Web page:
As previously mentioned, a truck cannot stop as quickly as a car due to the massive size and weight difference. Two of the biggest sudden maneuvers that can cause a trucking accident occur when motor vehicle drivers suddenly brake in front of a truck or abruptly change lanes and cut off the truck. When a truck driver is following a car too closely and a car makes a sudden stop, such as for traffic or to avoid a hazard in front of them, the truck driver will not have enough time to avoid rear-ending the car. Alternatively, when a car follows a truck too closely, they aren’t able to see any upcoming hazards or obstacles that the truck may need to stop for. 

Failure to Accommodate for Environmental Conditions 

In any season, there are weather conditions that play a role in safe driving practices, such as driving slowly on icy roads or using fog lights after a rainfall. Driving without headlights at night is another unsafe driving act that could put all vehicles at risk. As cars are more difficult for truck drivers to see in the first place, not using headlights makes it even more difficult for truckers to spot smaller vehicles early enough to avoid a crash.

Unsafe Passing or Merging

Too often, motor vehicle drivers forget that a truck can’t simply stop abruptly when they are cut off. Merging too closely to a truck, passing a truck and driving in their blind spot, and cutting a truck off to sneak into a lane are all dangerous and unsafe driving acts that could end up with potentially life-threatening or fatal consequences. Trucks also need to exercise caution when merging or making lane changes, ensuring that they have enough distance to safely cross without hitting a car. It’s common for cars to end up in a truck’s blind spot when they are attempting to merge, which could cause the car to become crushed beside the truck or even underneath it.

Impaired Driving

Most Canadians understand the dangers and consequences of drinking and driving a car or driving a car while under the influence of drugs. According to MADD, over 50% of collision fatalities are caused by impaired driving. A truck driver is responsible for a vehicle that requires significantly more control, attention, and focus than a car. Therefore, when the driver of a truck is impaired, the risk of an accident increases substantially and the consequences can be extremely devastating for everyone involved.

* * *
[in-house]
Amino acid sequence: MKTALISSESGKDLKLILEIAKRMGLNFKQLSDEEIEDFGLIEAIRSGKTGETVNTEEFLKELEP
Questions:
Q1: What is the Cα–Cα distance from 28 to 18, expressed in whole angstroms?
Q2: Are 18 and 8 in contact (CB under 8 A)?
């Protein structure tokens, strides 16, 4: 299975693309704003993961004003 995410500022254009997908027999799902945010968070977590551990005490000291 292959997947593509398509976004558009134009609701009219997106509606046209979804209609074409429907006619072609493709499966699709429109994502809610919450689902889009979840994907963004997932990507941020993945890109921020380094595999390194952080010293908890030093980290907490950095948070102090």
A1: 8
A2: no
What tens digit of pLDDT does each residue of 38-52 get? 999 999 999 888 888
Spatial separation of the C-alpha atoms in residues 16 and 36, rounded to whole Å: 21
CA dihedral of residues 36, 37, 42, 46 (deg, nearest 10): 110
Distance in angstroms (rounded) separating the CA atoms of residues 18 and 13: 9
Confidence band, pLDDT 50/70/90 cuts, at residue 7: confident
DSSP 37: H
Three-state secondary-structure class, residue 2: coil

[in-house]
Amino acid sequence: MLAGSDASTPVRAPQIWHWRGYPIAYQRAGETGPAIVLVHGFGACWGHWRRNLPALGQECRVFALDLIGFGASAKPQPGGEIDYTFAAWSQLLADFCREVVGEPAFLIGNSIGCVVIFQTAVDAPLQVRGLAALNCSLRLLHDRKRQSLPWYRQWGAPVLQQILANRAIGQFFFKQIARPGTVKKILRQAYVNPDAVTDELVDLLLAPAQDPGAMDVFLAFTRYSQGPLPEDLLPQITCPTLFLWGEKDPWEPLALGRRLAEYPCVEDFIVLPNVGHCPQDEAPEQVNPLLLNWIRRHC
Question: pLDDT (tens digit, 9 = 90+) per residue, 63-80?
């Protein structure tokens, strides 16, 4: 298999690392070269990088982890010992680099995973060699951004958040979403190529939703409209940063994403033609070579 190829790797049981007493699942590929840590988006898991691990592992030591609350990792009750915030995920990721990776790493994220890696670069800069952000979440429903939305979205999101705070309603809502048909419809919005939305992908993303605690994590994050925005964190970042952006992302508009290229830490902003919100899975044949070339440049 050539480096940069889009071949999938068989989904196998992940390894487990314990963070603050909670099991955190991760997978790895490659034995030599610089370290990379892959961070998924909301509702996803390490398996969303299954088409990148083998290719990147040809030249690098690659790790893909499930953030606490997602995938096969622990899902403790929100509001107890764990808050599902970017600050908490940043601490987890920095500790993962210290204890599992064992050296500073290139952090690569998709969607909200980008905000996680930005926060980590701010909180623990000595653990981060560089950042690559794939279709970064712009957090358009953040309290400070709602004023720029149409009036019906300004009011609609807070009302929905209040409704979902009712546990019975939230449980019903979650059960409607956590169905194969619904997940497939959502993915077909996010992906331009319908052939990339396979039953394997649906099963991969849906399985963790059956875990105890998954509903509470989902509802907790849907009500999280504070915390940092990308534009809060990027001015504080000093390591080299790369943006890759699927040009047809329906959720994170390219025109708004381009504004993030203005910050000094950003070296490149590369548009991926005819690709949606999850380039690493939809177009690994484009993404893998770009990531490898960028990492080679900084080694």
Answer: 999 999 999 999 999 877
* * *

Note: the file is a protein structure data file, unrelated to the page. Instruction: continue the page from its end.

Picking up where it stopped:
The “Right-Turn Squeeze”

A “right-turn squeeze” occurs when a truck driver makes a right turn and fails to leave enough space between the truck and the curb. Sometimes the truck driver may end up swinging out too far into the left lane to do this. Drivers behind the truck often mistake this movement for a lane change and do not realize the truck is turning, and accelerate into the newly open space. As a result, the car can become crushed or wedged underneath the truck.

Injured in a Trucking Accident? Our Hamilton Trucking Accident Lawyer Can Help

Trucking accidents can lead to severe, devastating consequences. Since 2003, trucking accident lawyer Matt Lalande has worked with victims with a variety of life-changing, catastrophic, and tragic injuries caused by trucking accidents. If you or a loved one has been in a trucking accident and has suffered severe injuries, contact us today no matter where youa are in Ontario by calling us toll free at 1-888-LALANDE or local in the Hamilton/GTA/Niagara areas at 905-333-8888. Our Trucking Accident Lawyers offer free, no-obligation consultations and will be happy to answer all of your questions.

Contact us 24/7

1 King Street East, Suite 1705
Hamilton, On L8P 1A4
Local: 905-333-8888